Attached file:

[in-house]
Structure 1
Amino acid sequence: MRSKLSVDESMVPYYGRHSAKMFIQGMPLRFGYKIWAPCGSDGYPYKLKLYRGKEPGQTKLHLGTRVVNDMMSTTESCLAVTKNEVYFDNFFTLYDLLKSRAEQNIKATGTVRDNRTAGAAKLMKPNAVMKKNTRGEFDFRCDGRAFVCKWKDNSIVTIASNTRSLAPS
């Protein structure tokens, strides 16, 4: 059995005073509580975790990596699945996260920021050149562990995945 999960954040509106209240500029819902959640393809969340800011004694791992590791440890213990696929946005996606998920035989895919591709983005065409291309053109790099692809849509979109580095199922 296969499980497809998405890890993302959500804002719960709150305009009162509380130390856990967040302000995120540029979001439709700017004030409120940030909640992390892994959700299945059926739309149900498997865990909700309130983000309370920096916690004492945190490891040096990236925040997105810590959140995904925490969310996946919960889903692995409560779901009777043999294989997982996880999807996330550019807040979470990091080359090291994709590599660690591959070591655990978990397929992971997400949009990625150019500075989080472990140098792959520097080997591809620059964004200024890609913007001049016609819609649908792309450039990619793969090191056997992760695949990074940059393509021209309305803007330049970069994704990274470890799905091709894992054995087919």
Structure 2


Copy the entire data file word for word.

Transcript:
[in-house]
Structure 1
Amino acid sequence: MRSKLSVDESMVPYYGRHSAKMFIQGMPLRFGYKIWAPCGSDGYPYKLKLYRGKEPGQTKLHLGTRVVNDMMSTTESCLAVTKNEVYFDNFFTLYDLLKSRAEQNIKATGTVRDNRTAGAAKLMKPNAVMKKNTRGEFDFRCDGRAFVCKWKDNSIVTIASNTRSLAPS
């Protein structure tokens, strides 16, 4: 059995005073509580975790990596699945996260920021050149562990995945 999960954040509106209240500029819902959640393809969340800011004694791992590791440890213990696929946005996606998920035989895919591709983005065409291309053109790099692809849509979109580095199922 296969499980497809998405890890993302959500804002719960709150305009009162509380130390856990967040302000995120540029979001439709700017004030409120940030909640992390892994959700299945059926739309149900498997865990909700309130983000309370920096916690004492945190490891040096990236925040997105810590959140995904925490969310996946919960889903692995409560779901009777043999294989997982996880999807996330550019807040979470990091080359090291994709590599660690591959070591655990978990397929992971997400949009990625150019500075989080472990140098792959520097080997591809620059964004200024890609913007001049016609819609649908792309450039990619793969090191056997992760695949990074940059393509021209309305803007330049970069994704990274470890799905091709894992054995087919």
Structure 2